How digital telecare poses an opportunity for facilities managers
Tim Barclay, Chief Executive Officer at Appello
There is a digital revolution taking place in the UK today, as the telecommunications infrastructure shifts from analogue to digital. By 2025, analogue telephony, which support vital capabilities like lift alarm lines or telecare systems, services will be switched off entirely. This poses certain challenges for facilities managers working with housing providers, but it will in turn offer huge opportunities too.
For example, warden call systems have seen no real innovation for 25 years and are unlikely to work well, if at all, after the migration by the nations telecoms providers to a digital IP network over the coming years.
This is causing facilities managers and housing providers to review the options to keep their customers safe and well, and in doing so take the opportunity to improve their lives.
The implementation of digital telecare equipment provides many opportunities to increase the wellbeing of residents in supported housing, as well the efficiency of a facilities manager. That’s because those roles often revolve around three main points which the best digitals systems can really help with – how to improve safety, security, and social inclusion for residents – how to improve safety, security, and social inclusion for residents.
With digital systems the safety benefit is two-fold. Firstly, on an analogue system you can only put one call through at a time, so if someone requires entry at a front door and a resident pulls their cord in an emergency situation at the same time, they’ll be put in a queue until the door entry is completed. Digital systems can accept multiple calls so there’s no queuing, meaning emergency calls will be picked up right away. Secondly, the response time is a lot faster – current connection times for analogue telecare systems are around 60 – 90 seconds for the call to be connected, for digital it’s only 3 seconds. This significant improvement can mean the difference between life and death in a critical situation.
From a continuity of service point of view, digital systems provide a much greater insight into the health of the system. They are constantly monitored with a heartbeat from the system produced every few seconds to confirm that its performing. Whereas analogue systems leave you in the dark as to how they are performing, it may not be until and an emergency that you realise the system isn’t working properly.
This also puts the maintenance onus on the manufacturer, instead of relying on site staff to detect and report issues. Digital systems allow for remote diagnostics and repairs, resulting in greater efficiencies in maintenance – roughly 60 per cent of faults can be repaired this way – and problems are often rectified within minutes.
Greater system insight from digital systems to site staff can also improve the efficiency of the service as many digital systems integrate with a real-time platform for the management of the on-site equipment. This shows the health of every piece of equipment in the system, including the battery life of personal alarms which can be monitored, so facilities managers have an early warning to change them.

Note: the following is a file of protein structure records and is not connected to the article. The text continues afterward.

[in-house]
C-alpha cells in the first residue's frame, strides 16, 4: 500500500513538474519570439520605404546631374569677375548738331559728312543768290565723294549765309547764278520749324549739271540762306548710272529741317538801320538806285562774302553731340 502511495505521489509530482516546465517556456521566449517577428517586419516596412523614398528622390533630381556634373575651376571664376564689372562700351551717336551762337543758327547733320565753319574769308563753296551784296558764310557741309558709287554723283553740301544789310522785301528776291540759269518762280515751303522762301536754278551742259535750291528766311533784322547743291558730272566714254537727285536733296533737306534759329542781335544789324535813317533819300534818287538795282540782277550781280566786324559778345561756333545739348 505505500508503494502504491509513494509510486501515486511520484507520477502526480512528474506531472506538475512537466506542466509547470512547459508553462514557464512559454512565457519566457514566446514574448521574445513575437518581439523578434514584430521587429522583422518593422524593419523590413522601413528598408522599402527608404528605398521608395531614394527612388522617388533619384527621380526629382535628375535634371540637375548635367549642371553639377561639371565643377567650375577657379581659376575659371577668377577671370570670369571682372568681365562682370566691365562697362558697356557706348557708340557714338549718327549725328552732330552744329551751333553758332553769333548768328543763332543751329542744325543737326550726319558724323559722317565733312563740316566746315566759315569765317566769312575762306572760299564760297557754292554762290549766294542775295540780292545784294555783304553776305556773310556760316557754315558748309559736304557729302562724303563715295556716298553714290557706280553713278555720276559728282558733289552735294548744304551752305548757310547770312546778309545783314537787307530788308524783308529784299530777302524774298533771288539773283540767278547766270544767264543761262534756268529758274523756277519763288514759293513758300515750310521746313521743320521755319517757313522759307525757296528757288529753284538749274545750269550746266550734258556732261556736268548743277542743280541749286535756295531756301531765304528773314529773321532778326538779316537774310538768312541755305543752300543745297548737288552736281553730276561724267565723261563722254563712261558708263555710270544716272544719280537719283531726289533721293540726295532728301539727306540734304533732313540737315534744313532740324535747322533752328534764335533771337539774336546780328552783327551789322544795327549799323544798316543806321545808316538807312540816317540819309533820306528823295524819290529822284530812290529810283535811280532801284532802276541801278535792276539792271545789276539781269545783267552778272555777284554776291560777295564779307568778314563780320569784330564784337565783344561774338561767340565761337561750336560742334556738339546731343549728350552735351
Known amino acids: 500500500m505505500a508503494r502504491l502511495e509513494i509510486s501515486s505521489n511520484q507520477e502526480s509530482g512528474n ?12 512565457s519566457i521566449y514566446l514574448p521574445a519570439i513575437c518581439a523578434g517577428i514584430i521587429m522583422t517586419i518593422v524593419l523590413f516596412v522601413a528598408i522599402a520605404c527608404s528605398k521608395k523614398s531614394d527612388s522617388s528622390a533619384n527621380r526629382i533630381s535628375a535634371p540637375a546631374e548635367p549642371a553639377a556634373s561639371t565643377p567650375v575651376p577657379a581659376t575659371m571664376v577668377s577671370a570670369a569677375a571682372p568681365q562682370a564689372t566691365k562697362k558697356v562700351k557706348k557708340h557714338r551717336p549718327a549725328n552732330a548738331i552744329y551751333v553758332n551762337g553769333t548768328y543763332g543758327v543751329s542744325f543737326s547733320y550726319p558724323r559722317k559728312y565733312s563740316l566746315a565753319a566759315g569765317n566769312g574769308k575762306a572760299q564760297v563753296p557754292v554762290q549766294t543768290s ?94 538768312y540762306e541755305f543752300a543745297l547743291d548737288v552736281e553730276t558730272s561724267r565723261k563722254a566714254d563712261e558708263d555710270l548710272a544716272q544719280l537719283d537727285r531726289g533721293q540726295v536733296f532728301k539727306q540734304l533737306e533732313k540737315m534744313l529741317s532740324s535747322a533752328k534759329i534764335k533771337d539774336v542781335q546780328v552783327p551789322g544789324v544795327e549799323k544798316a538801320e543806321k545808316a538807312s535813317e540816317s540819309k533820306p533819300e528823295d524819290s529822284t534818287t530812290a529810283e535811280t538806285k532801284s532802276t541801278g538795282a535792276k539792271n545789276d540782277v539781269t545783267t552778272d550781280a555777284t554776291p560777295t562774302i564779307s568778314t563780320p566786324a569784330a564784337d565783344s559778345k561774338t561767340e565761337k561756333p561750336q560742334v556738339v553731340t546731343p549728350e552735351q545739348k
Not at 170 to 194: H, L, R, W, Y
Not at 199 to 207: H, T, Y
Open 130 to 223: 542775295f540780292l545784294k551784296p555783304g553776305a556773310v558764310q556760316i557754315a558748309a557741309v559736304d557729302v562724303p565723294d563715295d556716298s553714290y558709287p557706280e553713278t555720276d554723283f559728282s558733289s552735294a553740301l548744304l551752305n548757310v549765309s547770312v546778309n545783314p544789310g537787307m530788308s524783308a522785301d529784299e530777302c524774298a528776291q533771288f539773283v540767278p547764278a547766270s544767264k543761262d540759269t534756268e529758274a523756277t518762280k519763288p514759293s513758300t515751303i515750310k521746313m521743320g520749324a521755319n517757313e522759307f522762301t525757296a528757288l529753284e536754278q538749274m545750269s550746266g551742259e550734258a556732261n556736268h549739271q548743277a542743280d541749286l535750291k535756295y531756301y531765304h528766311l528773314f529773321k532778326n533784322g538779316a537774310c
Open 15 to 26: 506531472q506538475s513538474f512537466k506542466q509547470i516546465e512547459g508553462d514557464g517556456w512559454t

Modern digital systems are also easy for residents use, and some include a wall mounted tablet that allows residents to access a myriad of digital services and video communications. This offers a new opportunity for housing providers and facilities staff to add value through increased social inclusion at the touch of a button.
Currently, most housing providers offering sheltered accommodation to older people, only provide internet access in communal areas. However, some digital telecare systems now offer a built in Wi-Fi router, meaning residents have internet access in their rooms, and are able to use the internet as they please – increasing feelings of social inclusion.
Digital systems offer video door entry, offering peace of mind for the resident as they will be able to visually identify every caller before they enter the property. This can also be used by staff on site, so if an unknown pedestrian tries to get through the gate, they can be identified, and prevented from entering if needed, all via a video link.
Do I need to do this right away?
Whether providers are ready or not, the switch is already happening. In October last year, the Telecare Services Association (TSA) released a white paper: A Digital Future for Technology Enabled Care, warning of the disruption that the replacement of the current Public Switched Telephone Network (PSTN) and Integrated Services Digital Network (ISDN) networks with Internet Protocol (IP) telephony would cause amongst technology enabled care (TEC) providers, stakeholders and the 1.7 million vulnerable people who rely on telecare in the UK. The TSA commented, “Technology enabled care, particularly telecare and telehealth, plays an increasingly important role in health and care. Yet it is threatened by disruption as UK telecommunications shift from analogue to digital.” Despite the difficulties we are presented with, could it be better to instead rise to the challenge?
Digital is inevitable and taking steps now to review your equipment is essential to staying ahead of the curve and keeping residents safe. It’s worth enquiring with your telecare provider about their plans for delivering the safety and wellbeing benefits described above.